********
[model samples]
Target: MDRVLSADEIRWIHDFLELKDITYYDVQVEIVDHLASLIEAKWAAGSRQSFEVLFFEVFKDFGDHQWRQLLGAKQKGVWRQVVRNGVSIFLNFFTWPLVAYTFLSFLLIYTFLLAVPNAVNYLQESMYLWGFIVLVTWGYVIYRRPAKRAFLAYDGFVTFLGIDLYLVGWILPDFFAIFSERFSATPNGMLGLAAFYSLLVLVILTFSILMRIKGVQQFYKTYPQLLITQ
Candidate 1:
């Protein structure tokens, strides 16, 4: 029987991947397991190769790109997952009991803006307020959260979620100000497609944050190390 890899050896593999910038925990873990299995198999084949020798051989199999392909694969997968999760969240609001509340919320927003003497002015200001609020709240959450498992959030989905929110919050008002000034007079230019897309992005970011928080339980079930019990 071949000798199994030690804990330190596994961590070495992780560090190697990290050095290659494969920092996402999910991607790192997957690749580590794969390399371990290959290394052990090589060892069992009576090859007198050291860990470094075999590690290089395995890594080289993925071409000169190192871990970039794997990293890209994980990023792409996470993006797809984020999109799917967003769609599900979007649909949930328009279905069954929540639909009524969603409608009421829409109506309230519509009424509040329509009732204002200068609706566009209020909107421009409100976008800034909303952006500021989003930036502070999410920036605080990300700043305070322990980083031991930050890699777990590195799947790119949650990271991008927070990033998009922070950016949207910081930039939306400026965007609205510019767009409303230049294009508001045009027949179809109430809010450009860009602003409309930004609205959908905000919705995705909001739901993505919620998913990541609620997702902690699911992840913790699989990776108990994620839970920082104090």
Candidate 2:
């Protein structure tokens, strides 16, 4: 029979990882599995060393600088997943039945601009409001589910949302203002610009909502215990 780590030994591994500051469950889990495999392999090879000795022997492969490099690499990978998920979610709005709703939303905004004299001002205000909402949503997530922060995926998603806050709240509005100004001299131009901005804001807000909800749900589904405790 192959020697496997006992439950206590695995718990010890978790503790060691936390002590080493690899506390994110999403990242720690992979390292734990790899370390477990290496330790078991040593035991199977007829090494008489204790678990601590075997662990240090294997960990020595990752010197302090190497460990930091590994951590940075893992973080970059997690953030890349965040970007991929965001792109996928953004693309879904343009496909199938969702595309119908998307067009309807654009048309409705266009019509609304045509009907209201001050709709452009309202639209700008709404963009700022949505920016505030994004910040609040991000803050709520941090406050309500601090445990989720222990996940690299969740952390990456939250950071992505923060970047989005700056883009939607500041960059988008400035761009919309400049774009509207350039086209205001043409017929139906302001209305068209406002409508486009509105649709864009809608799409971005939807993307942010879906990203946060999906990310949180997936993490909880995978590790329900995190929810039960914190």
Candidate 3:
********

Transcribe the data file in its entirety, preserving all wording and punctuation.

[model samples]
Target: MDRVLSADEIRWIHDFLELKDITYYDVQVEIVDHLASLIEAKWAAGSRQSFEVLFFEVFKDFGDHQWRQLLGAKQKGVWRQVVRNGVSIFLNFFTWPLVAYTFLSFLLIYTFLLAVPNAVNYLQESMYLWGFIVLVTWGYVIYRRPAKRAFLAYDGFVTFLGIDLYLVGWILPDFFAIFSERFSATPNGMLGLAAFYSLLVLVILTFSILMRIKGVQQFYKTYPQLLITQ
Candidate 1:
């Protein structure tokens, strides 16, 4: 029987991947397991190769790109997952009991803006307020959260979620100000497609944050190390 890899050896593999910038925990873990299995198999084949020798051989199999392909694969997968999760969240609001509340919320927003003497002015200001609020709240959450498992959030989905929110919050008002000034007079230019897309992005970011928080339980079930019990 071949000798199994030690804990330190596994961590070495992780560090190697990290050095290659494969920092996402999910991607790192997957690749580590794969390399371990290959290394052990090589060892069992009576090859007198050291860990470094075999590690290089395995890594080289993925071409000169190192871990970039794997990293890209994980990023792409996470993006797809984020999109799917967003769609599900979007649909949930328009279905069954929540639909009524969603409608009421829409109506309230519509009424509040329509009732204002200068609706566009209020909107421009409100976008800034909303952006500021989003930036502070999410920036605080990300700043305070322990980083031991930050890699777990590195799947790119949650990271991008927070990033998009922070950016949207910081930039939306400026965007609205510019767009409303230049294009508001045009027949179809109430809010450009860009602003409309930004609205959908905000919705995705909001739901993505919620998913990541609620997702902690699911992840913790699989990776108990994620839970920082104090």
Candidate 2:
């Protein structure tokens, strides 16, 4: 029979990882599995060393600088997943039945601009409001589910949302203002610009909502215990 780590030994591994500051469950889990495999392999090879000795022997492969490099690499990978998920979610709005709703939303905004004299001002205000909402949503997530922060995926998603806050709240509005100004001299131009901005804001807000909800749900589904405790 192959020697496997006992439950206590695995718990010890978790503790060691936390002590080493690899506390994110999403990242720690992979390292734990790899370390477990290496330790078991040593035991199977007829090494008489204790678990601590075997662990240090294997960990020595990752010197302090190497460990930091590994951590940075893992973080970059997690953030890349965040970007991929965001792109996928953004693309879904343009496909199938969702595309119908998307067009309807654009048309409705266009019509609304045509009907209201001050709709452009309202639209700008709404963009700022949505920016505030994004910040609040991000803050709520941090406050309500601090445990989720222990996940690299969740952390990456939250950071992505923060970047989005700056883009939607500041960059988008400035761009919309400049774009509207350039086209205001043409017929139906302001209305068209406002409508486009509105649709864009809608799409971005939807993307942010879906990203946060999906990310949180997936993490909880995978590790329900995190929810039960914190």
Candidate 3: